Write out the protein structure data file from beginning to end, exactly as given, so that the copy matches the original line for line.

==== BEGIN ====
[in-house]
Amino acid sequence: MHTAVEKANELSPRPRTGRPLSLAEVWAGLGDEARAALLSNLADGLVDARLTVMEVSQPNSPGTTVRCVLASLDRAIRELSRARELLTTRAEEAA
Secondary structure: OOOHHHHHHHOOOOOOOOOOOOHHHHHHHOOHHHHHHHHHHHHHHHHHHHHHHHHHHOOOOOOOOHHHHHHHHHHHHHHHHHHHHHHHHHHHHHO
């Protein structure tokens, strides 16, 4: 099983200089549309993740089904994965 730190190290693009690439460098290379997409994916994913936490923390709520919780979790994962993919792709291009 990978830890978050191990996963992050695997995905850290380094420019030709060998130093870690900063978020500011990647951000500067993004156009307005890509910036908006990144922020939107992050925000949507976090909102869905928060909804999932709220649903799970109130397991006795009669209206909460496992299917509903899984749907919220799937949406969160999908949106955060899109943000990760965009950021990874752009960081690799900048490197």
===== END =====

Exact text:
[in-house]
Amino acid sequence: MHTAVEKANELSPRPRTGRPLSLAEVWAGLGDEARAALLSNLADGLVDARLTVMEVSQPNSPGTTVRCVLASLDRAIRELSRARELLTTRAEEAA
Secondary structure: OOOHHHHHHHOOOOOOOOOOOOHHHHHHHOOHHHHHHHHHHHHHHHHHHHHHHHHHHOOOOOOOOHHHHHHHHHHHHHHHHHHHHHHHHHHHHHO
């Protein structure tokens, strides 16, 4: 099983200089549309993740089904994965 730190190290693009690439460098290379997409994916994913936490923390709520919780979790994962993919792709291009 990978830890978050191990996963992050695997995905850290380094420019030709060998130093870690900063978020500011990647951000500067993004156009307005890509910036908006990144922020939107992050925000949507976090909102869905928060909804999932709220649903799970109130397991006795009669209206909460496992299917509903899984749907919220799937949406969160999908949106955060899109943000990760965009950021990874752009960081690799900048490197």